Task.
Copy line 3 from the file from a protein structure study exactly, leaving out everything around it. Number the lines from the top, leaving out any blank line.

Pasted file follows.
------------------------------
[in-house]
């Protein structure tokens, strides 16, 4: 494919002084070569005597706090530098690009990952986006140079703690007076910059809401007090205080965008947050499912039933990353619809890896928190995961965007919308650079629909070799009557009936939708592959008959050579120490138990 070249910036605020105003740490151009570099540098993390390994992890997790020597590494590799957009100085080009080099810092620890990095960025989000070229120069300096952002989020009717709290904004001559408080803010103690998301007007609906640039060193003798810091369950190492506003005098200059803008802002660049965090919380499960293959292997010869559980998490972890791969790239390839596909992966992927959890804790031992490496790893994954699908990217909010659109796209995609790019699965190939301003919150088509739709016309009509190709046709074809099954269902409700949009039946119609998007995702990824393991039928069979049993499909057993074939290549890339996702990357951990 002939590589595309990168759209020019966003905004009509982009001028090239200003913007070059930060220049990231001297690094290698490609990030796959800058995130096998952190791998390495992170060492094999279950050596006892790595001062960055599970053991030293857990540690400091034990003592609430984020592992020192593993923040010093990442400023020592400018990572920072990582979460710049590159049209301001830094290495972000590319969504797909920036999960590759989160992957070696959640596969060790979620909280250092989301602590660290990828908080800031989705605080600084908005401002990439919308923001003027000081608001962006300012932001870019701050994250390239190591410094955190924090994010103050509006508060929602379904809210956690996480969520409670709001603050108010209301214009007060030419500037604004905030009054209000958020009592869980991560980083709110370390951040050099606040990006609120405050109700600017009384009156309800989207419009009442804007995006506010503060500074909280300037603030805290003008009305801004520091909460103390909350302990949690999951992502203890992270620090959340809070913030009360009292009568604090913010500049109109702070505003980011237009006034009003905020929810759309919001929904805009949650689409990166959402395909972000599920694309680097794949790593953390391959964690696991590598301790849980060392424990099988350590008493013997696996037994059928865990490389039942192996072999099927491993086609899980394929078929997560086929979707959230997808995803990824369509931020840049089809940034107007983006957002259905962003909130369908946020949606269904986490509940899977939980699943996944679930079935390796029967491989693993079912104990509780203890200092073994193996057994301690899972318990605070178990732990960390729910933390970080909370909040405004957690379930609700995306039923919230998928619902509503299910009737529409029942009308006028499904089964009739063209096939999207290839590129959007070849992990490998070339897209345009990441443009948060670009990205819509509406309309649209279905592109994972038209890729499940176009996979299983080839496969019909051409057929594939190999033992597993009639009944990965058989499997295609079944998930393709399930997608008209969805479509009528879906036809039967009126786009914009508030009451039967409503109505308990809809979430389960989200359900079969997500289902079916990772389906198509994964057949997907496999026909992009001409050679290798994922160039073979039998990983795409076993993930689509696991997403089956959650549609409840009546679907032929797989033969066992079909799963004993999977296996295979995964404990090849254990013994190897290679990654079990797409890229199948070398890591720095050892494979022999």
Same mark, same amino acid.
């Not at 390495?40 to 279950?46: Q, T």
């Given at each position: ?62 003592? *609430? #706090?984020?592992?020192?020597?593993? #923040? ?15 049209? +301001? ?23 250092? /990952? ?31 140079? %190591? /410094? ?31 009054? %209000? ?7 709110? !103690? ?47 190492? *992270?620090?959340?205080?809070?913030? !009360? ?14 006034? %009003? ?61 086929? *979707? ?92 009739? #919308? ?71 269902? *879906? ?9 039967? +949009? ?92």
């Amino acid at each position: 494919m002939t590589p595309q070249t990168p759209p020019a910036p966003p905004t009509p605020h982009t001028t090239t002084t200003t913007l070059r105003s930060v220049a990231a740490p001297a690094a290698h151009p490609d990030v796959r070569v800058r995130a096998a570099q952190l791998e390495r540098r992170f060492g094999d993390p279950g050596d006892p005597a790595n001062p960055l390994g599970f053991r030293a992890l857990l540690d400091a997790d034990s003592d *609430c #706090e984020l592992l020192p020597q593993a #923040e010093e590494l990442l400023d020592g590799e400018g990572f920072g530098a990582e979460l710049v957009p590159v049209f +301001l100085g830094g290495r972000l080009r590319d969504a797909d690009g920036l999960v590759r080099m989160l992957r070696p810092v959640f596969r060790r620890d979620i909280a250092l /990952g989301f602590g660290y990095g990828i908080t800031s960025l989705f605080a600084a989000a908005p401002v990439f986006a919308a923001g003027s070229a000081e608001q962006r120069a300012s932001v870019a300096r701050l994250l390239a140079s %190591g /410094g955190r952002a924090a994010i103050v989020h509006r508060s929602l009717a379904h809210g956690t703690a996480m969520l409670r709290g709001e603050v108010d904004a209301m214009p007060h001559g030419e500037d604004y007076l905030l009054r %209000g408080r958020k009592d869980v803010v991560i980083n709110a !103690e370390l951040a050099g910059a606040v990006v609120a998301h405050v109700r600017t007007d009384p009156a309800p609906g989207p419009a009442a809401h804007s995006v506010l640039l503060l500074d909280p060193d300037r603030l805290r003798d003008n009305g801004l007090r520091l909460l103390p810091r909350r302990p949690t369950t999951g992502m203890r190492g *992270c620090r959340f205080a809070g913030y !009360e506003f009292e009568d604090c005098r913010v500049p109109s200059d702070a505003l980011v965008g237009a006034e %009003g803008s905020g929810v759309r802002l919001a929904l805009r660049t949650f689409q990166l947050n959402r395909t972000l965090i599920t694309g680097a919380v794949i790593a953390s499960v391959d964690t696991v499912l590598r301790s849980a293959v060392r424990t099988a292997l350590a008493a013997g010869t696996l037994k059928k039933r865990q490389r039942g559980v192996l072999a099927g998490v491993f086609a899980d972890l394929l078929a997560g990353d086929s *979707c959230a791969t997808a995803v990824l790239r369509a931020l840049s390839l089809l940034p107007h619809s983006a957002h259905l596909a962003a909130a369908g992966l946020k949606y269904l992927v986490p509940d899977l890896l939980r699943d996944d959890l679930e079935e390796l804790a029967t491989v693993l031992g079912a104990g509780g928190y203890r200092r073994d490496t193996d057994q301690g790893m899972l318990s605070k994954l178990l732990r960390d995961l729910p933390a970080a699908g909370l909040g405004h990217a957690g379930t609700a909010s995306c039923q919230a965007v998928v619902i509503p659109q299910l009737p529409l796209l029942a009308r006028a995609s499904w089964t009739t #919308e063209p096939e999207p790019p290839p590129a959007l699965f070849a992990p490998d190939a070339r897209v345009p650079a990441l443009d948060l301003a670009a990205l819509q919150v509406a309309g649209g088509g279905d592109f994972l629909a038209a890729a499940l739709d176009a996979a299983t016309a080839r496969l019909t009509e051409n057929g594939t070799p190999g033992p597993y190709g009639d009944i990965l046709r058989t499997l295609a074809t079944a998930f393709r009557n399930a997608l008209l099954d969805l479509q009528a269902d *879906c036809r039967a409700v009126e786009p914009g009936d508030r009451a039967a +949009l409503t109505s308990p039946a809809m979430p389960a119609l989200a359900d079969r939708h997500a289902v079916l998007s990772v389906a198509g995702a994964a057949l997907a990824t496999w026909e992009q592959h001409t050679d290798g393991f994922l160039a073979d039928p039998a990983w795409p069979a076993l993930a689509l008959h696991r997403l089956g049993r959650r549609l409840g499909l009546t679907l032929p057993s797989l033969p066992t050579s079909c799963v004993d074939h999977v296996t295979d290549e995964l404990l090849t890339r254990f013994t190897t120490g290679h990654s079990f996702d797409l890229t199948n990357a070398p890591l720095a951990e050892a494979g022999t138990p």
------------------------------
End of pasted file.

Same mark, same amino acid.